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What Should Security Cost?

Understanding the economics of information security.

Isn’t it difficult to put a price tag on digital security? We can compare security budgets across our peers, calculate the cost of a security breach, and even estimate the probability of various threats, but we cannot definitively state that a specific amount of spending will make us perfectly secure.

In this age of seemingly ever-increasing risk, there is a lot of attention on security, as well as pressure to increase security spending. Economist Hal Varian, emeritus professor at UC Berkeley, compared security levels to medieval walls: You can spend more and more to make them taller and thicker, but the gates will always remain your weakest point.

The primary objective for security practitioners has historically been effectiveness. We measure effectiveness by tracking and comparing metrics such as percent of coverage, patch latency, percent of systems infected, or number of unpatched vulnerabilities. At Intel Security, we have added efficiency as an additional objective, incorporating metrics such as how long tasks take, how many resources, or what level of investment. Efficiency requirements exist not just to save money -- because even an unlimited budget will not make you 100% secure -- but because there are limits to the availability of experienced personnel and the amount of time you can afford to spend. Today’s security plans have to focus on resolving more problems faster and with more automation and fewer resources.

If this sounds like a classic “do more with less” exhortation, let’s look closer. We have developed a decision-making process to help prioritize the dollars and resources. We look at three main categories: alignment to business goals, identification of value drivers, and analysis of improvement opportunities.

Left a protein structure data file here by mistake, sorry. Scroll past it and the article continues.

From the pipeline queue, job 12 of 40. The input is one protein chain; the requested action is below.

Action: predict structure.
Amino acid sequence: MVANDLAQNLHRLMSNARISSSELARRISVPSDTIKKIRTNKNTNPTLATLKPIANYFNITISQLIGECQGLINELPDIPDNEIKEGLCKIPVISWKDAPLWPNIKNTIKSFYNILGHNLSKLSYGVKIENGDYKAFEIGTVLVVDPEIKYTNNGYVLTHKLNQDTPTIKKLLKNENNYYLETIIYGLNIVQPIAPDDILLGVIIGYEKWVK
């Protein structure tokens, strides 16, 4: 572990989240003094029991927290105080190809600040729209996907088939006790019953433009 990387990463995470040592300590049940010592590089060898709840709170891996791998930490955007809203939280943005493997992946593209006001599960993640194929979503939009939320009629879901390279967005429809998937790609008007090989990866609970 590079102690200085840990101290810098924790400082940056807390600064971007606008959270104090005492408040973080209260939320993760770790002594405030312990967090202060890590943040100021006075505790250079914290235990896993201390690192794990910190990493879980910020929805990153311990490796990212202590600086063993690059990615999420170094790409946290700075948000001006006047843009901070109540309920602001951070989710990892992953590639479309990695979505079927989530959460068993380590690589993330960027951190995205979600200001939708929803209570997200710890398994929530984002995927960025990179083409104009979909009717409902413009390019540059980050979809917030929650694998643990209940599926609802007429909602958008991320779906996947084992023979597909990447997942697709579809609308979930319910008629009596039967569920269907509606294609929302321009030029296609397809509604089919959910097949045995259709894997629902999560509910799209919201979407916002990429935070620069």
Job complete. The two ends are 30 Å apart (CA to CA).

First, we work with organizations to ground their security needs in business problems and goals. Here, we are not talking about problems like polymorphic malware or spear phishing, but issues such as lack of qualified staff, securing portions of our infrastructure in the cloud, increased use of personal devices and Web apps, or other specific department goals and objectives. This helps drive the process from the corporate or department strategic objectives, instead of solely from technical or financial ones.

We next define the mix of specific assets or resources that need to be managed, whether that is valuable data and information, dollars, hours, head count, or something more specific to the company. For example, it’s not uncommon for the security operations team to get sucked into a vicious cycle of audits, so that time spent on preparing for the next audit and dealing with requirements from the last one prevent a team from spending time on strategic efforts.

Finally -- and this is where the hard work comes in – we analyze and identify opportunities to improve efficiency over time, within the context of the overall goals. For example, a corporate goal might require improving availability or enabling business partners to quickly launch new customer-facing Web services. How does your security help contribute to those business goals? If your security team is stuck in reactive mode, looking at your staffing and operations model from an economics perspective can identify ways to create capacity for more strategic work. An economics-driven analysis may lead you to identify that reducing the overall number of security suppliers will result in fewer contracts, fewer support links to maintain, and a more tightly integrated security system.

Ultimately, an economics-driven analysis should free your existing team to operate at a higher level of performance, driving more strategic results for you and your business partners. In turn, this drives improvement in security posture and security effectiveness.

Over time, security economics enables security practitioners to speak the same language as our partners in the line of business and review goals and indicators with executives and boards of directors. “Do more with less” starts to sound not only possible, but exciting.